- A subject line
- A professional logo
- A navigation bar
- The actual message
- A clear call to action (CTA)
4 key benefits of ecommerce email marketing
Compared to paid and performance marketing, which have spent the better part of a decade seducing revenue-hungry businesses with third-party targeting and long marketing attribution windows, email marketing has sometimes been accused of being old-fashioned, tone-deaf—even dead.
With so many flashy marketing channels to choose from, why bother with email marketing? Here are 4 key reasons it’s worth your serious investment:
1. Email marketing is entirely within your control
Your email and SMS lists are the only thing on the internet you truly own. Everything else, you’re temporarily renting.
That became painfully obvious in 2021, when Apple’s iOS 14.5 update built a walled garden around iOS users and significantly reduced targeting and attribution capabilities on paid social media.
Now, building strong relationships with loyal customers depends largely on your brand’s ability to communicate with them in a way that makes them feel seen, heard, and valued. Your email and SMS lists—as well as how you collect, organize, and use your customer data—are where that work begins.
Ari Murray, VP of growth at Sharma Brands and founder of ecommerce newsletter Go-to-Millions, puts it simply: “Email is very much in your control because it’s an owned channel.” And in a post-iOS 14.5, privacy-first world, “owned channels are of the utmost importance.”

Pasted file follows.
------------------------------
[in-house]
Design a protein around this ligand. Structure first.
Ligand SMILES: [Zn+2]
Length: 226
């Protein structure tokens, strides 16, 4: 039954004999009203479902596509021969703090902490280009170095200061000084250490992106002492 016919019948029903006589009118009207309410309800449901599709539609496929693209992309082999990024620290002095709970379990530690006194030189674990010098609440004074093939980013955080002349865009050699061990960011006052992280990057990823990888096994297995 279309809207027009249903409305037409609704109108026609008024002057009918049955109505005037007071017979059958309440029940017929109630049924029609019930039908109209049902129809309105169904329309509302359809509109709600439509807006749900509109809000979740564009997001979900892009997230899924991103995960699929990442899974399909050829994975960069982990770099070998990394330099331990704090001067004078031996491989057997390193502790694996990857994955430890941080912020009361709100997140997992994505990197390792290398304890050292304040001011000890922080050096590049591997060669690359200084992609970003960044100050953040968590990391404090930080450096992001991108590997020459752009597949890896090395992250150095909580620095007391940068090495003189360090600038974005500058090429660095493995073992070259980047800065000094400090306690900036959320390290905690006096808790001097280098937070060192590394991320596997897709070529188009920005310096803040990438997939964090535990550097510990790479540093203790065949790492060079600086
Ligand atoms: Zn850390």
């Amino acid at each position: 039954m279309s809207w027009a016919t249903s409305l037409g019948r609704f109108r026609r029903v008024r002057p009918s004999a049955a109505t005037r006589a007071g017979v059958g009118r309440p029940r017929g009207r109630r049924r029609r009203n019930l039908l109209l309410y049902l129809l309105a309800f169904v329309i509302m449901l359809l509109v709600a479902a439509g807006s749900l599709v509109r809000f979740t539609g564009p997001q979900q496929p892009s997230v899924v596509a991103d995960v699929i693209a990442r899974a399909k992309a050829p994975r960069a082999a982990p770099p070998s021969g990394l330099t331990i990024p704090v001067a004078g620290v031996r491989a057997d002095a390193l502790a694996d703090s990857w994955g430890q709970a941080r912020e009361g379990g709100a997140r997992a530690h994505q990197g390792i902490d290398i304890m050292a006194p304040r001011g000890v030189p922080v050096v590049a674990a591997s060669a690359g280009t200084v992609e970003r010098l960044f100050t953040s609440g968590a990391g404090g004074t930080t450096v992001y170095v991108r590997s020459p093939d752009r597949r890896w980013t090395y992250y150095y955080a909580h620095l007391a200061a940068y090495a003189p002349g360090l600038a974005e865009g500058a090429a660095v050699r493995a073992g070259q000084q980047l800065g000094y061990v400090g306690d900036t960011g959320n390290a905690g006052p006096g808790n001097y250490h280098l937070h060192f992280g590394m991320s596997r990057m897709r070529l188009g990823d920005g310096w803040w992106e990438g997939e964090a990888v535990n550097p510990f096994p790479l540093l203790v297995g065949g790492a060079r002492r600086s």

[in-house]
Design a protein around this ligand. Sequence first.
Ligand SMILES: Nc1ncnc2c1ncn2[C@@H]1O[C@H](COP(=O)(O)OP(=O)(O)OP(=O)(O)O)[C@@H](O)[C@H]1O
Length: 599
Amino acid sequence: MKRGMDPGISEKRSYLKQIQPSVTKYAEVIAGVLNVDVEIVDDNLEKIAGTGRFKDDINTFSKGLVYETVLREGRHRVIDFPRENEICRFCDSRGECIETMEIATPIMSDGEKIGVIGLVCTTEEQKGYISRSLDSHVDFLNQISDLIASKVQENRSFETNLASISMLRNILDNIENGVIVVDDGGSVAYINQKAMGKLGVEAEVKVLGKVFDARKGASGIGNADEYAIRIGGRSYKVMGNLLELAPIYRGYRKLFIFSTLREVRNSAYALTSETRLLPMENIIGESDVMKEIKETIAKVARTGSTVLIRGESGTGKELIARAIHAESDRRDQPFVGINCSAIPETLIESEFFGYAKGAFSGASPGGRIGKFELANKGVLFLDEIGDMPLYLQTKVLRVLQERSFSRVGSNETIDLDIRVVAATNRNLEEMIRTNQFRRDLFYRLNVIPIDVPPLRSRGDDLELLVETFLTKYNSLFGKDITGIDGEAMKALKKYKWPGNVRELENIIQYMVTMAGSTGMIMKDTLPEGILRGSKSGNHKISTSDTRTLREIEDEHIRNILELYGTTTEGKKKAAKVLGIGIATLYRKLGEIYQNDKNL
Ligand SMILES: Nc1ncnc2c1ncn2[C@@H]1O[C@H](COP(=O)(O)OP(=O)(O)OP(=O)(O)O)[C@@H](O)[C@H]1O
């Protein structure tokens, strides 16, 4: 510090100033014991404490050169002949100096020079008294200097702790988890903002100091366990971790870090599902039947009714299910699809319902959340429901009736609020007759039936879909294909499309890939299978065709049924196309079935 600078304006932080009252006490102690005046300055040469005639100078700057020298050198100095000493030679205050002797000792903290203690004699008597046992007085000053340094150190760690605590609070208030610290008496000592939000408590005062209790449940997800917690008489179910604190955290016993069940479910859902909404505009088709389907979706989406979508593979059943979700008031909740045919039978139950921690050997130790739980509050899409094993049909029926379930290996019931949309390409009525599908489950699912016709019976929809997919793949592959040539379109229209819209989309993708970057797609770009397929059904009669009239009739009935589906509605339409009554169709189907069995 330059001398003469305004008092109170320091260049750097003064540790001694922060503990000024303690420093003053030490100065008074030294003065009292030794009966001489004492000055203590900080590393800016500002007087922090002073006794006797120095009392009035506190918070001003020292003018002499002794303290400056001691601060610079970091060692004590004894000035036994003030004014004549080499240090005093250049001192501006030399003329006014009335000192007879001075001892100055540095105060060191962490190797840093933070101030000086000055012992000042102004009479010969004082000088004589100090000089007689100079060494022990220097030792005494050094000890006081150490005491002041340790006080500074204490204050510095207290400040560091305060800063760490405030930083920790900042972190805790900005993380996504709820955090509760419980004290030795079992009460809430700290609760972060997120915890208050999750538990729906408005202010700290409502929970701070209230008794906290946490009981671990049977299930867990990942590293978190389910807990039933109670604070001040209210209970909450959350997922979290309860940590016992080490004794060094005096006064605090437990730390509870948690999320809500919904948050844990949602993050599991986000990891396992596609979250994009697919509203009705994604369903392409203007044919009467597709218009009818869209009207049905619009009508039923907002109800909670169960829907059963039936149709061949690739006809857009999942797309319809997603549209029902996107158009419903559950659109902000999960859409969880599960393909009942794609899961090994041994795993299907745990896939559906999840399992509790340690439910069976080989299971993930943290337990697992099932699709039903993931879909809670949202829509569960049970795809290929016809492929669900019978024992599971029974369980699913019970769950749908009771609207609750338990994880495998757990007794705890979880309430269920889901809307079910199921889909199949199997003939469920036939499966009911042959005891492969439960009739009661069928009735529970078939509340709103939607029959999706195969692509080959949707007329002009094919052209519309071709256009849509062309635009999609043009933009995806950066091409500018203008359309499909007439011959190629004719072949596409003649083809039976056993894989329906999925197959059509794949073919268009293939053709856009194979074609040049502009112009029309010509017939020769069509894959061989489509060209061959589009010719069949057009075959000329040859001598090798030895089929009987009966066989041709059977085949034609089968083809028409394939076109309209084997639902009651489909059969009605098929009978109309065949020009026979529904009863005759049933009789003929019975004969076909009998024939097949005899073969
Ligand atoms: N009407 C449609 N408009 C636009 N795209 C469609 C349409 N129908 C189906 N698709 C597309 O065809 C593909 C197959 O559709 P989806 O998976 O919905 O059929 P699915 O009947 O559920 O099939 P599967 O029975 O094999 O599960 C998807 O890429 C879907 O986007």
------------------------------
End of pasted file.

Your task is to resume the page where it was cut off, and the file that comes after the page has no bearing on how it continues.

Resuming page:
2. Email marketing generates steady, reliable revenue
Email marketing is also “really reliable revenue if you work it right,” Murray says. “It’s such an inexpensive way to talk to your customers.”
When looking at email marketing statistics, the numbers prove it. Based on data from over 100K paying customers, Klaviyo’s email marketing benchmarks show what’s possible engagement- and revenue-wise for brands that use the channel:
- Open rates for email campaigns average 58.61%.
- Click rates for all flows average 5.83%.
- Revenue per recipient for all flows is $1.91, but significantly higher for welcome email flows ($2.54) and cart abandonment email flows ($3.58).
- Conversion rates are 3.55% for cart abandonment email flows.
3. Email marketing keeps your funnel healthy
Jen Brennan, director of digital marketing at full-service digital experience agency Northern Commerce, believes both email and SMS, as owned marketing channels, “represent customer lifetime value”—largely because they allow you to appropriately target every stage of the customer lifecycle.
“Oftentimes, people get into a mindset of acquisition and making sure your funnel is full, so they’re focused on new customers or first-time purchasers,” Brennan says. But when it comes to developing repeat customers and customer lifetime value, “email is very hard to beat.”
Because a smart email marketing strategy nurtures the post-purchase customer relationship by continually engaging the people who’ve opted in to stay connected to your brand, it’s a prime avenue for boosting customer retention.
“Once you’ve captured that customer, email marketing can really help to make the rest of your funnel start to look a whole lot healthier,” Murray explains.